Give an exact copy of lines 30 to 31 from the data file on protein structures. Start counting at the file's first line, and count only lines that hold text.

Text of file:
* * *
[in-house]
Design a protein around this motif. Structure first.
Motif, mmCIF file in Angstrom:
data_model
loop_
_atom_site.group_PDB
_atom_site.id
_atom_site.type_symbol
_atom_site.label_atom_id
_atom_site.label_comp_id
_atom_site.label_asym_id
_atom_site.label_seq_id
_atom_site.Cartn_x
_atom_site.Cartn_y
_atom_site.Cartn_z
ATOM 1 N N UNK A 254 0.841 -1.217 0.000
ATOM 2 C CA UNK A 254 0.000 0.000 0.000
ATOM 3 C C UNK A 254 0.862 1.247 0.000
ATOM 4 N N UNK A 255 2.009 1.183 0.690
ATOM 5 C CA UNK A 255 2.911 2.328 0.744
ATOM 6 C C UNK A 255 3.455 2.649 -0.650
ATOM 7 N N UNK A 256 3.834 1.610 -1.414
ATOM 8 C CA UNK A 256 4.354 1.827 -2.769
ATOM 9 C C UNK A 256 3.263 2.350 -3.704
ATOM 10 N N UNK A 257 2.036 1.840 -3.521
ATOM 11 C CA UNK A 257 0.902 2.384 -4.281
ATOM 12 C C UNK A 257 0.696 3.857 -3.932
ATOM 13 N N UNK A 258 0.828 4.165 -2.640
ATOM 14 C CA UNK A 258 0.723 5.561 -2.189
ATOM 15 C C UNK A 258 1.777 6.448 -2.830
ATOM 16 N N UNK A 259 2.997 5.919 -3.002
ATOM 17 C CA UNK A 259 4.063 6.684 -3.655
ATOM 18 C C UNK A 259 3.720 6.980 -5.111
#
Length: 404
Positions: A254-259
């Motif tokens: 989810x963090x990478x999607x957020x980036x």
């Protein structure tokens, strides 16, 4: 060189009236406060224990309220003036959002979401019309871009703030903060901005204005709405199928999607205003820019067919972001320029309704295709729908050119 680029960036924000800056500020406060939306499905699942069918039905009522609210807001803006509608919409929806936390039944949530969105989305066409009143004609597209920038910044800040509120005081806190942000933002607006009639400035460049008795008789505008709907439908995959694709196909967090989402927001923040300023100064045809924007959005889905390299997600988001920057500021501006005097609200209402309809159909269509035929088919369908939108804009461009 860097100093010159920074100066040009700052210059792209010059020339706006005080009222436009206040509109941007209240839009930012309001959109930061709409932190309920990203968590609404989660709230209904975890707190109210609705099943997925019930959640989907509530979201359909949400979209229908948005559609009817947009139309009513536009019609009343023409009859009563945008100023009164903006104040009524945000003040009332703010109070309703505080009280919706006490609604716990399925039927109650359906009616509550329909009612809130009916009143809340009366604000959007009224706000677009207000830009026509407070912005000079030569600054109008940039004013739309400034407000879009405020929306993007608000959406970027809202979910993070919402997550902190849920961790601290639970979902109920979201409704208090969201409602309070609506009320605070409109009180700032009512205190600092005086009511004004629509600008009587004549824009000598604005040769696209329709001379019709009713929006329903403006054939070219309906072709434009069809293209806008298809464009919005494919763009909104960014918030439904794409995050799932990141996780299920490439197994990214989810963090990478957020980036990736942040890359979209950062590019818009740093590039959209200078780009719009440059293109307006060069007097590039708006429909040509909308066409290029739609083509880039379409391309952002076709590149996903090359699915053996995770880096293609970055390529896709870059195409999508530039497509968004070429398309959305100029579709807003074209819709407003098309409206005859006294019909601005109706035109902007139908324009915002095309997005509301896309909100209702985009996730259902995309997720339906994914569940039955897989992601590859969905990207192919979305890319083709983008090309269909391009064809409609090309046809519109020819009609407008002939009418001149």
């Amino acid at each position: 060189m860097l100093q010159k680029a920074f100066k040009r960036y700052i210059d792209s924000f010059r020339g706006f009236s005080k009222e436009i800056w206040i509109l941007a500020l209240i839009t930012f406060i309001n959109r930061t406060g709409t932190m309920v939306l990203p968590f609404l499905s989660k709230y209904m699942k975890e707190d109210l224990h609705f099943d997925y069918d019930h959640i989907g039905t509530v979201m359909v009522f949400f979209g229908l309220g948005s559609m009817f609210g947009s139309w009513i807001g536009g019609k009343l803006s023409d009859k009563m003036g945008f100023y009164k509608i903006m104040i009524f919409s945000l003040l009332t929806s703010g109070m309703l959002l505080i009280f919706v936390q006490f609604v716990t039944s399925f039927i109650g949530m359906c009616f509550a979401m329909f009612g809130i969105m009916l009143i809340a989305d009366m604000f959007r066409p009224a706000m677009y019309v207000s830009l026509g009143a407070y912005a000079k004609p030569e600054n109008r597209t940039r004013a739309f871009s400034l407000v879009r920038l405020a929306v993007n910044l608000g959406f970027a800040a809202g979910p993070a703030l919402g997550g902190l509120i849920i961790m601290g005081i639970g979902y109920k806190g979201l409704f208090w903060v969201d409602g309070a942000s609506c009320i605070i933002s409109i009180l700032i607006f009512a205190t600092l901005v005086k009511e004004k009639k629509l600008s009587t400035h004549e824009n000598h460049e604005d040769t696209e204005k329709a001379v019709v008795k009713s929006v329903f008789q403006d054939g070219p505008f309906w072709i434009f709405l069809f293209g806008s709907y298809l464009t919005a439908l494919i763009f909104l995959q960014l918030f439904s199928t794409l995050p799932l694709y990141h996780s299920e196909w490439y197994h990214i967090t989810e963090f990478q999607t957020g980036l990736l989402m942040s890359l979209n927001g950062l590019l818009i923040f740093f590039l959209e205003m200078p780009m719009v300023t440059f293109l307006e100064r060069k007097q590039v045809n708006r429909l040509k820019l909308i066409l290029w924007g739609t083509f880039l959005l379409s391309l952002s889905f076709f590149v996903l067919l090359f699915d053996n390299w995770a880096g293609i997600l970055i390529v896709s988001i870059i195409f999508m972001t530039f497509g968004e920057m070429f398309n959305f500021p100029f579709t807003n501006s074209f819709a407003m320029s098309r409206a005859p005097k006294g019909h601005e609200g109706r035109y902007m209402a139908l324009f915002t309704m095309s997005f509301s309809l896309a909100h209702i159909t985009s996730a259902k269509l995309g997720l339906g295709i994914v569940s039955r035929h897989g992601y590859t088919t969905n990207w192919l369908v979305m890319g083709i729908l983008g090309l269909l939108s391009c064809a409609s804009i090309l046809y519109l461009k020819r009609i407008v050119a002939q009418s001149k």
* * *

ATOM 15 C C UNK A 258 1.777 6.448 -2.830
ATOM 16 N N UNK A 259 2.997 5.919 -3.002